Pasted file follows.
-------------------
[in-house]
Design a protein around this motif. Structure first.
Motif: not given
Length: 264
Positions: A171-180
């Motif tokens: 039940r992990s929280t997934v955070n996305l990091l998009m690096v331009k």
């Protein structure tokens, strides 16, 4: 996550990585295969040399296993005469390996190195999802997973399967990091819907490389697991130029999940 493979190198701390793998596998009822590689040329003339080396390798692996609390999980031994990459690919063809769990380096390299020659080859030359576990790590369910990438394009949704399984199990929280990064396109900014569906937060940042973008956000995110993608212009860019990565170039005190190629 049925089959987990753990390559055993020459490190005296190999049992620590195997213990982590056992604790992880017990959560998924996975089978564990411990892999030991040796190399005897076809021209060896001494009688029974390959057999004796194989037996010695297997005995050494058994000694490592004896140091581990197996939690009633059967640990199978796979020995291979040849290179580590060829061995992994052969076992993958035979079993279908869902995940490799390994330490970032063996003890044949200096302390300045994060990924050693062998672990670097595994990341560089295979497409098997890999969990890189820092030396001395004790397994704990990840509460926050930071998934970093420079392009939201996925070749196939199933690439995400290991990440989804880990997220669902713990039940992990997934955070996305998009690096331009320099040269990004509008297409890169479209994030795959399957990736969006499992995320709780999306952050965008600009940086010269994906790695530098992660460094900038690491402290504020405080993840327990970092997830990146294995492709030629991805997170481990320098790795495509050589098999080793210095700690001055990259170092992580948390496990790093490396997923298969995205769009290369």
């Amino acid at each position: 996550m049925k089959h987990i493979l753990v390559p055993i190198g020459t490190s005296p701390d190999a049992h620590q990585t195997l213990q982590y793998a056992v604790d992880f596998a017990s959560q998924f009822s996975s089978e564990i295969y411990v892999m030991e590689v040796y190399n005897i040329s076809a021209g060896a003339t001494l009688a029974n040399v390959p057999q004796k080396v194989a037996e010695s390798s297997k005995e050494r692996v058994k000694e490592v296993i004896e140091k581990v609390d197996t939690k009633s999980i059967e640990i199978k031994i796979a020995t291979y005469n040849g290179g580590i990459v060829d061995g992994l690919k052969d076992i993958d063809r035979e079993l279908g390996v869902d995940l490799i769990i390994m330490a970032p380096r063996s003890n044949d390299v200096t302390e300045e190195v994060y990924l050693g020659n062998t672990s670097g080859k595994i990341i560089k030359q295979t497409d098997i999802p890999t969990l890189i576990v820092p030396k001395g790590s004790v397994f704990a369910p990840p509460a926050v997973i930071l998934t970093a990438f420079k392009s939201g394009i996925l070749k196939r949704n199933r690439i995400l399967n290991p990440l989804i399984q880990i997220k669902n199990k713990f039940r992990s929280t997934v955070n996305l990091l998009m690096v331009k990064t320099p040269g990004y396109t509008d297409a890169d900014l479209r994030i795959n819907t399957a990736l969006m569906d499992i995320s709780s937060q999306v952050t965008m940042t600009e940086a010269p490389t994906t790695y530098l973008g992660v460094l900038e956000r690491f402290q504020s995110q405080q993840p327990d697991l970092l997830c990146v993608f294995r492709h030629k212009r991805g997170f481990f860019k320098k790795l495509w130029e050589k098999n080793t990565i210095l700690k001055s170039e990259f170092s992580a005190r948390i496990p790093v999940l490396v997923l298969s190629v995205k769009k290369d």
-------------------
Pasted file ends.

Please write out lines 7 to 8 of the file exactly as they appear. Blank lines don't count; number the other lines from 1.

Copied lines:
């Protein structure tokens, strides 16, 4: 996550990585295969040399296993005469390996190195999802997973399967990091819907490389697991130029999940 493979190198701390793998596998009822590689040329003339080396390798692996609390999980031994990459690919063809769990380096390299020659080859030359576990790590369910990438394009949704399984199990929280990064396109900014569906937060940042973008956000995110993608212009860019990565170039005190190629 049925089959987990753990390559055993020459490190005296190999049992620590195997213990982590056992604790992880017990959560998924996975089978564990411990892999030991040796190399005897076809021209060896001494009688029974390959057999004796194989037996010695297997005995050494058994000694490592004896140091581990197996939690009633059967640990199978796979020995291979040849290179580590060829061995992994052969076992993958035979079993279908869902995940490799390994330490970032063996003890044949200096302390300045994060990924050693062998672990670097595994990341560089295979497409098997890999969990890189820092030396001395004790397994704990990840509460926050930071998934970093420079392009939201996925070749196939199933690439995400290991990440989804880990997220669902713990039940992990997934955070996305998009690096331009320099040269990004509008297409890169479209994030795959399957990736969006499992995320709780999306952050965008600009940086010269994906790695530098992660460094900038690491402290504020405080993840327990970092997830990146294995492709030629991805997170481990320098790795495509050589098999080793210095700690001055990259170092992580948390496990790093490396997923298969995205769009290369």
């Amino acid at each position: 996550m049925k089959h987990i493979l753990v390559p055993i190198g020459t490190s005296p701390d190999a049992h620590q990585t195997l213990q982590y793998a056992v604790d992880f596998a017990s959560q998924f009822s996975s089978e564990i295969y411990v892999m030991e590689v040796y190399n005897i040329s076809a021209g060896a003339t001494l009688a029974n040399v390959p057999q004796k080396v194989a037996e010695s390798s297997k005995e050494r692996v058994k000694e490592v296993i004896e140091k581990v609390d197996t939690k009633s999980i059967e640990i199978k031994i796979a020995t291979y005469n040849g290179g580590i990459v060829d061995g992994l690919k052969d076992i993958d063809r035979e079993l279908g390996v869902d995940l490799i769990i390994m330490a970032p380096r063996s003890n044949d390299v200096t302390e300045e190195v994060y990924l050693g020659n062998t672990s670097g080859k595994i990341i560089k030359q295979t497409d098997i999802p890999t969990l890189i576990v820092p030396k001395g790590s004790v397994f704990a369910p990840p509460a926050v997973i930071l998934t970093a990438f420079k392009s939201g394009i996925l070749k196939r949704n199933r690439i995400l399967n290991p990440l989804i399984q880990i997220k669902n199990k713990f039940r992990s929280t997934v955070n996305l990091l998009m690096v331009k990064t320099p040269g990004y396109t509008d297409a890169d900014l479209r994030i795959n819907t399957a990736l969006m569906d499992i995320s709780s937060q999306v952050t965008m940042t600009e940086a010269p490389t994906t790695y530098l973008g992660v460094l900038e956000r690491f402290q504020s995110q405080q993840p327990d697991l970092l997830c990146v993608f294995r492709h030629k212009r991805g997170f481990f860019k320098k790795l495509w130029e050589k098999n080793t990565i210095l700690k001055s170039e990259f170092s992580a005190r948390i496990p790093v999940l490396v997923l298969s190629v995205k769009k290369d």